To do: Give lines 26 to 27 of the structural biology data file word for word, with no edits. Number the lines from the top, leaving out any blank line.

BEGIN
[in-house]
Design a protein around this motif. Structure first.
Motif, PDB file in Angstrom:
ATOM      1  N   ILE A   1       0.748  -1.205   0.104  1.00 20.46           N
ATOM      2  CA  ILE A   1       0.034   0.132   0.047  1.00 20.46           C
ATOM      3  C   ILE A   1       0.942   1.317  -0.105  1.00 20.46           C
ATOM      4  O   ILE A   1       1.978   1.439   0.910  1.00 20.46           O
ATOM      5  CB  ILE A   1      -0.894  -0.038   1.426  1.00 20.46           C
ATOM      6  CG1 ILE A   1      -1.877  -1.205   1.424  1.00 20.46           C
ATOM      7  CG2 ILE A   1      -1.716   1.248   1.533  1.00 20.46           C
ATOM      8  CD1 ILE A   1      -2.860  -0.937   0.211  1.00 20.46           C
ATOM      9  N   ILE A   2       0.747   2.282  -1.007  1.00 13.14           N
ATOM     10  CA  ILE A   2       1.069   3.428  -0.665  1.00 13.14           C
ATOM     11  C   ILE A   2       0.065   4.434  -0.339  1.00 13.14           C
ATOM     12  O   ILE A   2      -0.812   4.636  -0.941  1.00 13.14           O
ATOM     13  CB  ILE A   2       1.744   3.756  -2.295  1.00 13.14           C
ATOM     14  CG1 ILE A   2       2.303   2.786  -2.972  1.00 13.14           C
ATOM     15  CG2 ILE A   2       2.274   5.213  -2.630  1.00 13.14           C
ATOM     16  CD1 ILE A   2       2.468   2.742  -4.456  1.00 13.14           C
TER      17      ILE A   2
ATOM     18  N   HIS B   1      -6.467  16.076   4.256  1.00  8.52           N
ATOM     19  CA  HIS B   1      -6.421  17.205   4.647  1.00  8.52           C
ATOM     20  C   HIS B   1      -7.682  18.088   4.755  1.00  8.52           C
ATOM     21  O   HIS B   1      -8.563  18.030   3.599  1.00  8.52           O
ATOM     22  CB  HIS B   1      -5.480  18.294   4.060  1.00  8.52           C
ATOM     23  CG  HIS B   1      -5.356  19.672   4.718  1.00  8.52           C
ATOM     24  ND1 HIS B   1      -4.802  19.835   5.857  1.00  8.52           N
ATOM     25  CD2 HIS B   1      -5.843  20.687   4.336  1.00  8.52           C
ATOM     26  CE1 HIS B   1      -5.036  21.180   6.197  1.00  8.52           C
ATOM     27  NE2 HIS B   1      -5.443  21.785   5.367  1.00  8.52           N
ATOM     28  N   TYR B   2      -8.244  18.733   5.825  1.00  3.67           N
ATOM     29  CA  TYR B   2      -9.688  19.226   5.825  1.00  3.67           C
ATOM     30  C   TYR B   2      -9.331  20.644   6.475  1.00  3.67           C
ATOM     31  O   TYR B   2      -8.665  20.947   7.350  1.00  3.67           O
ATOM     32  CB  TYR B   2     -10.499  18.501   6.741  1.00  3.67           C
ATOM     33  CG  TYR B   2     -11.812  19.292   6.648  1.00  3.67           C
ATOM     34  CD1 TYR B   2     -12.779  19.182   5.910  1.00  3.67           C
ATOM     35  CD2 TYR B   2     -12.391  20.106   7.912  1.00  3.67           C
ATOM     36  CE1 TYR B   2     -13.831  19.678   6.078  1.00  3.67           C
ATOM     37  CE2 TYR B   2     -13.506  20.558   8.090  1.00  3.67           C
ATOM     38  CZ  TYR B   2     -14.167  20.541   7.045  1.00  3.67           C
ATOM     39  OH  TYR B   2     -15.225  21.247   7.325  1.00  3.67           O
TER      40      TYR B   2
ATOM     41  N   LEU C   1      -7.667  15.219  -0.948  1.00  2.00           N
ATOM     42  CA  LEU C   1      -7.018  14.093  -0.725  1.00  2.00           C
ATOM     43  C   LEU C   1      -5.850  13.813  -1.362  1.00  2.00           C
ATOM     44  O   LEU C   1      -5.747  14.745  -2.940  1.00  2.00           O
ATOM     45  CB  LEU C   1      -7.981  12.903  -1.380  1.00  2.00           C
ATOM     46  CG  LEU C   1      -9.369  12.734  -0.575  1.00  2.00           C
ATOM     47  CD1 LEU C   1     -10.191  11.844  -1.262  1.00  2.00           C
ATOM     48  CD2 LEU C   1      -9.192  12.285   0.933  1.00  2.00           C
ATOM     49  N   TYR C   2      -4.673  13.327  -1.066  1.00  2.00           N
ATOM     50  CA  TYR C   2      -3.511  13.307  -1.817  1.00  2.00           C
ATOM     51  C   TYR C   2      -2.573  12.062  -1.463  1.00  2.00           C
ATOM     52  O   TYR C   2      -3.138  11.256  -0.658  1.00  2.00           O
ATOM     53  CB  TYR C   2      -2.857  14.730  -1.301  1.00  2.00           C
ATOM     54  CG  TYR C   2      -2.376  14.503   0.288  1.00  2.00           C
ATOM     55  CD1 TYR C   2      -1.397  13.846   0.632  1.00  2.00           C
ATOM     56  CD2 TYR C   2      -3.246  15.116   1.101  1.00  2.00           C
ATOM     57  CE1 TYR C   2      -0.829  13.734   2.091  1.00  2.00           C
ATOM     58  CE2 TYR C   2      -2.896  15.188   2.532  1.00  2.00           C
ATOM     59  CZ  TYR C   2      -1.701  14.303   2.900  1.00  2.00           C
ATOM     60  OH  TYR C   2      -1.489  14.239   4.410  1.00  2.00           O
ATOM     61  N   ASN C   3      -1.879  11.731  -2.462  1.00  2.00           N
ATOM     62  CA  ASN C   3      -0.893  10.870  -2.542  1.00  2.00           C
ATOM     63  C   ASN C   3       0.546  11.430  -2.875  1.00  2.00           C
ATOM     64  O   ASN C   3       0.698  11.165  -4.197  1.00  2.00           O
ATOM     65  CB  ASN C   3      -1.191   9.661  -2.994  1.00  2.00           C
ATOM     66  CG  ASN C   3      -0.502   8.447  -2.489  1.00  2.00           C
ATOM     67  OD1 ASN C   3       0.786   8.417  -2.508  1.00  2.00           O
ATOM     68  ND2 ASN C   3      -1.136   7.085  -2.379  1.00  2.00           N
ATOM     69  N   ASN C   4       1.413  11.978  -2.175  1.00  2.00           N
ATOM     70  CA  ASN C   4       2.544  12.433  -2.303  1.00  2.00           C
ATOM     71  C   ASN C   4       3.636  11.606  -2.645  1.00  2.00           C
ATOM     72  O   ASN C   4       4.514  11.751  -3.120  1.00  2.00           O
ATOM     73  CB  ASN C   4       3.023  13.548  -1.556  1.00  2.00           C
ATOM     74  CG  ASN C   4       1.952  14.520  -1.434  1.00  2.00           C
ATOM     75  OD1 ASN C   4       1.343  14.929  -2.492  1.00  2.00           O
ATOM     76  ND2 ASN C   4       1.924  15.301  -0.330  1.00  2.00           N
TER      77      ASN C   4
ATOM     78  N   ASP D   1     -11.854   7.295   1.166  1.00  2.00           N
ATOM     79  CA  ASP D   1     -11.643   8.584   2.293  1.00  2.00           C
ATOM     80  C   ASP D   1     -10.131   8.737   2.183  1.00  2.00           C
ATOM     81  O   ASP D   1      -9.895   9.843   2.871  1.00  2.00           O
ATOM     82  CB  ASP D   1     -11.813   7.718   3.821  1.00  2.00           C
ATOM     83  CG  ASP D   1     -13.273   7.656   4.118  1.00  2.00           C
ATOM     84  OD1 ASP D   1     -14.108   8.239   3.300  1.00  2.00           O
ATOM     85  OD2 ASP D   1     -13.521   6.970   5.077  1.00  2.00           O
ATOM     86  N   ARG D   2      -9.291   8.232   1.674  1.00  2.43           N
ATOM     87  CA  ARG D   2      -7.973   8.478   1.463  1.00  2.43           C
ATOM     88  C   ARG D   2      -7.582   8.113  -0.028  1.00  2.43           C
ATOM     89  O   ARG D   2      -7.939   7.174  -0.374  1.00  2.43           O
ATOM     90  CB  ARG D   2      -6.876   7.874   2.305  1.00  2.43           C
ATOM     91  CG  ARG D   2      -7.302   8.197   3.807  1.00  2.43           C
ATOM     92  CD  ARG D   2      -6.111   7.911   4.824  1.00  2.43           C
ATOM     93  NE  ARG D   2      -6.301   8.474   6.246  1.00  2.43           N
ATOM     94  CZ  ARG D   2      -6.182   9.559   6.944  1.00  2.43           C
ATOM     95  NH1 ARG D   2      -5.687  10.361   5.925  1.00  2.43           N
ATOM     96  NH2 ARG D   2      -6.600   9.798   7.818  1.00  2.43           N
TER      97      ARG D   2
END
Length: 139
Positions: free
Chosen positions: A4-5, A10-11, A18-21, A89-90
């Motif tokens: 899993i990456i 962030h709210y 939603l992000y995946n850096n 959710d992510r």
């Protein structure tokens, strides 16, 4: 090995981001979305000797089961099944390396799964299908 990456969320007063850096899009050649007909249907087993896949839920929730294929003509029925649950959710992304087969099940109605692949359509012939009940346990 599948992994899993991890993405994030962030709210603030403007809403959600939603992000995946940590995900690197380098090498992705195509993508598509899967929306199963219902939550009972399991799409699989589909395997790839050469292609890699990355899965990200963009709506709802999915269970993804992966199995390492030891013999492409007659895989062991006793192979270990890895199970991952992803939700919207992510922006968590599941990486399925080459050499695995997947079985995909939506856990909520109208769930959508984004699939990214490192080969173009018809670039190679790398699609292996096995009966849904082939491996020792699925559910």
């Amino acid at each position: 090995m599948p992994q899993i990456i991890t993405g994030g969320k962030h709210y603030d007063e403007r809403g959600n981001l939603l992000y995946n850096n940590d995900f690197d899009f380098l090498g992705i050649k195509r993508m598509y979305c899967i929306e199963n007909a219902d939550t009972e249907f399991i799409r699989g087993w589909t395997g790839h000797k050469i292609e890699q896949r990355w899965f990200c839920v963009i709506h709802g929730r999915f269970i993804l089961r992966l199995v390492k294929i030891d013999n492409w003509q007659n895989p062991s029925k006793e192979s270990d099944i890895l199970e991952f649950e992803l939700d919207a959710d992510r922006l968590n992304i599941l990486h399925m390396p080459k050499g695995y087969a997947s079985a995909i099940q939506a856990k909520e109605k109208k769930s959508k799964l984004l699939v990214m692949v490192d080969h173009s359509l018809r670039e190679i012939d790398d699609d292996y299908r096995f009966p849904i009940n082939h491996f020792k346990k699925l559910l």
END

ATOM     23  CG  HIS B   1      -5.356  19.672   4.718  1.00  8.52           C
ATOM     24  ND1 HIS B   1      -4.802  19.835   5.857  1.00  8.52           N